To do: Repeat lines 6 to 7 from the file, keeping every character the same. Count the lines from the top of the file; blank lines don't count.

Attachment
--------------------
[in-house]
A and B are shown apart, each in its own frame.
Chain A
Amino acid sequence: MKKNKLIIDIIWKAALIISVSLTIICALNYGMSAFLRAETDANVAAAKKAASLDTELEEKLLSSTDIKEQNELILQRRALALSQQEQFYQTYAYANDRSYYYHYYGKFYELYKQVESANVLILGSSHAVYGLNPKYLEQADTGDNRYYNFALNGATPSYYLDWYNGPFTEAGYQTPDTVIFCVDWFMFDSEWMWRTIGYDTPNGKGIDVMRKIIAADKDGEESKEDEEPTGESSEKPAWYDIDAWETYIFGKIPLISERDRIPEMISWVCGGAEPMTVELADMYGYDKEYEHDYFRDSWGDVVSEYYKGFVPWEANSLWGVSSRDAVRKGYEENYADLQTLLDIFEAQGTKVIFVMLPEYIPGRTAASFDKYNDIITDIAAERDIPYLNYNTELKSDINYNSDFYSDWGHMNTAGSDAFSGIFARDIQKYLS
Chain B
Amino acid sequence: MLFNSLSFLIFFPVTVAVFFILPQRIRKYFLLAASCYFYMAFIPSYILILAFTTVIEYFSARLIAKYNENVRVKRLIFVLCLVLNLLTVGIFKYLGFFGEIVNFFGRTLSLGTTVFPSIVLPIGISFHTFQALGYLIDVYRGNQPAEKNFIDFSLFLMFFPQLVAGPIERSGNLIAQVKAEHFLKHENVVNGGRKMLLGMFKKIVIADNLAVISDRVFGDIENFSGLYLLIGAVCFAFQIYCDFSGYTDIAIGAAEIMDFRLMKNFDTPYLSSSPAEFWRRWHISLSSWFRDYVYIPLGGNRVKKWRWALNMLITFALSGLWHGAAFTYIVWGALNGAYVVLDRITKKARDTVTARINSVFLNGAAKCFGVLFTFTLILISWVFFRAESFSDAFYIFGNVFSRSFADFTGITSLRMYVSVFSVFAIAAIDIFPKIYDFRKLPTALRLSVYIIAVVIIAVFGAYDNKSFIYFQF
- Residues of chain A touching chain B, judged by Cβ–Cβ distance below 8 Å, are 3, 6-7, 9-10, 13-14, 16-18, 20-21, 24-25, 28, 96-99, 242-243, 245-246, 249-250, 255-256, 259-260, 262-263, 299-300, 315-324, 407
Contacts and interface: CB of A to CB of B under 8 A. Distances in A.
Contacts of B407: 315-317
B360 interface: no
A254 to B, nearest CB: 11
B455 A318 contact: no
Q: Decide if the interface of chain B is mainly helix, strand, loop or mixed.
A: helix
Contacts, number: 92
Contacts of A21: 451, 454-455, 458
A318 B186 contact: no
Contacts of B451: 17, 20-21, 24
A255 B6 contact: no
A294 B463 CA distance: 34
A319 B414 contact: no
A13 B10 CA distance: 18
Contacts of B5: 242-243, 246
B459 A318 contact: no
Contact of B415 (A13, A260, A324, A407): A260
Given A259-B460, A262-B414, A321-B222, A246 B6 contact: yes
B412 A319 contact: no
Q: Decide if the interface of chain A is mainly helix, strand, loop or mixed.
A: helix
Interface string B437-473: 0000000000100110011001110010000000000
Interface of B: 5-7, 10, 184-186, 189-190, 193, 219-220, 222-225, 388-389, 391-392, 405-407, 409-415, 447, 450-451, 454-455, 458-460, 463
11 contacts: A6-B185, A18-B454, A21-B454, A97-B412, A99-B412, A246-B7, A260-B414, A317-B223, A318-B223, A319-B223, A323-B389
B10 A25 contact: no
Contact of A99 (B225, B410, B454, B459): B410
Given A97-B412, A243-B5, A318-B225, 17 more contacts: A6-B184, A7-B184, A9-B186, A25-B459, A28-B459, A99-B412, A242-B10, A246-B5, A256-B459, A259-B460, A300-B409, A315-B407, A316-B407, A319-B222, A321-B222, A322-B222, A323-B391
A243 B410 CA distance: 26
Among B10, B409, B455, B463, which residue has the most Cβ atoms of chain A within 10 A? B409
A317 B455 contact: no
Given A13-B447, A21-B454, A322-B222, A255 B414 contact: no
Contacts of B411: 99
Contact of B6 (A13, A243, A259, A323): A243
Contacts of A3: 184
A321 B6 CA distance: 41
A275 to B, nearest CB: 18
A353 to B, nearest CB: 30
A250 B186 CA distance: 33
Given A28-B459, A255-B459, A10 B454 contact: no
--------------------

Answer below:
Amino acid sequence: MLFNSLSFLIFFPVTVAVFFILPQRIRKYFLLAASCYFYMAFIPSYILILAFTTVIEYFSARLIAKYNENVRVKRLIFVLCLVLNLLTVGIFKYLGFFGEIVNFFGRTLSLGTTVFPSIVLPIGISFHTFQALGYLIDVYRGNQPAEKNFIDFSLFLMFFPQLVAGPIERSGNLIAQVKAEHFLKHENVVNGGRKMLLGMFKKIVIADNLAVISDRVFGDIENFSGLYLLIGAVCFAFQIYCDFSGYTDIAIGAAEIMDFRLMKNFDTPYLSSSPAEFWRRWHISLSSWFRDYVYIPLGGNRVKKWRWALNMLITFALSGLWHGAAFTYIVWGALNGAYVVLDRITKKARDTVTARINSVFLNGAAKCFGVLFTFTLILISWVFFRAESFSDAFYIFGNVFSRSFADFTGITSLRMYVSVFSVFAIAAIDIFPKIYDFRKLPTALRLSVYIIAVVIIAVFGAYDNKSFIYFQF
- Residues of chain A touching chain B, judged by Cβ–Cβ distance below 8 Å, are 3, 6-7, 9-10, 13-14, 16-18, 20-21, 24-25, 28, 96-99, 242-243, 245-246, 249-250, 255-256, 259-260, 262-263, 299-300, 315-324, 407